Viktor Palyonny will speak about the beginning of the deaf culture in the USA, the culture’s ‘entry requirements’ and the current strategies of its development in Russia and America.
Professional teacher and journalist Viktor Palyonny, who reads part of Garage’s museum guides training course for the deaf, will explain why sign languages are essential for entering the deaf community. For a long time, the use of sign language was prohibited and it was not until the 1960s that American linguists concluded that it was an adequate communication system. Since that discovery, sign languages have been increasingly regarded as a valid alternative to spoken languages, and deafness as a ‘cultural phenomenon,’ while the deaf community around the world has been developing a cultural identity of their own.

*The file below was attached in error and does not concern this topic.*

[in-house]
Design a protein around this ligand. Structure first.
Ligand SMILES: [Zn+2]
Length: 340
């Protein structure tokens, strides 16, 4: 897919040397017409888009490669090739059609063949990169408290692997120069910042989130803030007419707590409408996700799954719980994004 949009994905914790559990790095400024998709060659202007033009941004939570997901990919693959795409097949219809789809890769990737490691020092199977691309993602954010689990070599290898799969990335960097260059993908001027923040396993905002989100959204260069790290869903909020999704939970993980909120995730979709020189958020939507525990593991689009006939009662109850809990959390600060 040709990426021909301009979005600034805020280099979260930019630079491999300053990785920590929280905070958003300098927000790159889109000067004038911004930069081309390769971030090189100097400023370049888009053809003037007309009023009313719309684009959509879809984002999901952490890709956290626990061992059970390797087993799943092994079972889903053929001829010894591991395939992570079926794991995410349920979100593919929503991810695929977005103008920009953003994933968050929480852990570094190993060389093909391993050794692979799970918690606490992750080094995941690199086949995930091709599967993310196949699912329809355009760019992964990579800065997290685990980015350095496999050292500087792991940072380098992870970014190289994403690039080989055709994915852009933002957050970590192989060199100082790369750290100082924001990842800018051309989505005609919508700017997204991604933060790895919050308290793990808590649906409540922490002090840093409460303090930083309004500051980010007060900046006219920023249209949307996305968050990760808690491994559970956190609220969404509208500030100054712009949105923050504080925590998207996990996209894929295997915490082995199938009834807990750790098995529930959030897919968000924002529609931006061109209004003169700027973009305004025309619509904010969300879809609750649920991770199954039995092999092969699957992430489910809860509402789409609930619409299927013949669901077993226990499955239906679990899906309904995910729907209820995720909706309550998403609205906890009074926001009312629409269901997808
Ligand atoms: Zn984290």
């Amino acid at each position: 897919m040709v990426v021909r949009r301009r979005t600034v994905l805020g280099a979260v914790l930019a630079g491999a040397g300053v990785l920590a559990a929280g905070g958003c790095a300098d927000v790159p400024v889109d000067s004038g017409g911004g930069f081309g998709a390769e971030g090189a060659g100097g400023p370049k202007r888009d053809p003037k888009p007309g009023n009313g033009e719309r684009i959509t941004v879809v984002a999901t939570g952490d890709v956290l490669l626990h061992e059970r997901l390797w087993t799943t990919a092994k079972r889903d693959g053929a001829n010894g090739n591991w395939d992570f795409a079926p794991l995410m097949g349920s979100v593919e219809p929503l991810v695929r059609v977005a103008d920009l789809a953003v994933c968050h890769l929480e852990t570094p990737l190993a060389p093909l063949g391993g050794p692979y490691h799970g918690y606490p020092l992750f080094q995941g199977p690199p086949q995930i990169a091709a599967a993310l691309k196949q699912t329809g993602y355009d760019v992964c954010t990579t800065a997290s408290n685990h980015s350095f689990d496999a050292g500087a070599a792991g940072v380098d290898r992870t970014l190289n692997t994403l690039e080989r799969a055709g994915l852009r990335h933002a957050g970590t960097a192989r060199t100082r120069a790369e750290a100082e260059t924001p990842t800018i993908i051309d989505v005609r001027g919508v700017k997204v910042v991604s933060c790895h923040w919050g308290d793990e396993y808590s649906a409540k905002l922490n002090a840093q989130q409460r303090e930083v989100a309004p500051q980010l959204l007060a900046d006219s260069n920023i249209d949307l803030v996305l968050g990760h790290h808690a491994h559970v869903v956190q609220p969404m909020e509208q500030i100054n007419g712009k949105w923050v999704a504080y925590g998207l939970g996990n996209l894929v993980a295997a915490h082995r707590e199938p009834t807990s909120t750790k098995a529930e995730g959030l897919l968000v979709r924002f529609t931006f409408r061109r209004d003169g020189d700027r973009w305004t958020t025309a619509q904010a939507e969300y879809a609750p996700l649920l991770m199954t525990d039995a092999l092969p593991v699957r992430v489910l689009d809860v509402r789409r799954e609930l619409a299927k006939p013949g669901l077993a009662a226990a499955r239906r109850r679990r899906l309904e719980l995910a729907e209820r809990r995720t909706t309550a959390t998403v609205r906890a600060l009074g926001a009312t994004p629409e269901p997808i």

Although, as any other sign language, Russian Sign Language (RSL) is a separate linguistic system with specific grammar and vocabulary that has been forming over centuries, it was recognized by the Russian state as a means of interpersonal communication only in 2012. This status change has raised public awareness of the deaf culture.
Garage Museum of Contemporary Art has been supporting the development and promoting the use of Russian Sign Language since 2014. In October 2016, the Museum launched a training course for deaf museum guides to provide competent guides for RSL tours at Moscow’s art institutions and develop an accessible environment for deaf and hard of hearing visitors.